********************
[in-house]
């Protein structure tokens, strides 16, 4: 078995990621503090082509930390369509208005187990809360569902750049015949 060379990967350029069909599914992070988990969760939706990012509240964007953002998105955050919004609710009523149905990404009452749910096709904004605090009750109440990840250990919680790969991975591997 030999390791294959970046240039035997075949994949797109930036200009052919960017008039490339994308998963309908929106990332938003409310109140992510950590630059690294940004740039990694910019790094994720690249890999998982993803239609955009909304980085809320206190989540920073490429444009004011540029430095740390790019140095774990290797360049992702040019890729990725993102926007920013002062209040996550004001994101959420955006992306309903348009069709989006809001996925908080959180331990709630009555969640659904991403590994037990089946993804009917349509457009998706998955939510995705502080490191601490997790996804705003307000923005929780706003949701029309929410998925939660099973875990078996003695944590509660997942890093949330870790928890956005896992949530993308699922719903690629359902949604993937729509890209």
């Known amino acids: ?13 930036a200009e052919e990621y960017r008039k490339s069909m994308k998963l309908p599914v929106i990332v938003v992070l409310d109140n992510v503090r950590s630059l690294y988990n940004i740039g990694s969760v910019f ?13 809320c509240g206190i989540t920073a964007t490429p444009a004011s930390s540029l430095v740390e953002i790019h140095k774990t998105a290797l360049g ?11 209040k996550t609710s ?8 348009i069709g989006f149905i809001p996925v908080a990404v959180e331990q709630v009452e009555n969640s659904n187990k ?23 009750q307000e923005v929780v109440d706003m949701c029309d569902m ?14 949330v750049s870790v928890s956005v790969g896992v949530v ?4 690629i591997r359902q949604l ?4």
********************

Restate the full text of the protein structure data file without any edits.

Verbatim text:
[in-house]
């Protein structure tokens, strides 16, 4: 078995990621503090082509930390369509208005187990809360569902750049015949 060379990967350029069909599914992070988990969760939706990012509240964007953002998105955050919004609710009523149905990404009452749910096709904004605090009750109440990840250990919680790969991975591997 030999390791294959970046240039035997075949994949797109930036200009052919960017008039490339994308998963309908929106990332938003409310109140992510950590630059690294940004740039990694910019790094994720690249890999998982993803239609955009909304980085809320206190989540920073490429444009004011540029430095740390790019140095774990290797360049992702040019890729990725993102926007920013002062209040996550004001994101959420955006992306309903348009069709989006809001996925908080959180331990709630009555969640659904991403590994037990089946993804009917349509457009998706998955939510995705502080490191601490997790996804705003307000923005929780706003949701029309929410998925939660099973875990078996003695944590509660997942890093949330870790928890956005896992949530993308699922719903690629359902949604993937729509890209």
């Known amino acids: ?13 930036a200009e052919e990621y960017r008039k490339s069909m994308k998963l309908p599914v929106i990332v938003v992070l409310d109140n992510v503090r950590s630059l690294y988990n940004i740039g990694s969760v910019f ?13 809320c509240g206190i989540t920073a964007t490429p444009a004011s930390s540029l430095v740390e953002i790019h140095k774990t998105a290797l360049g ?11 209040k996550t609710s ?8 348009i069709g989006f149905i809001p996925v908080a990404v959180e331990q709630v009452e009555n969640s659904n187990k ?23 009750q307000e923005v929780v109440d706003m949701c029309d569902m ?14 949330v750049s870790v928890s956005v790969g896992v949530v ?4 690629i591997r359902q949604l ?4």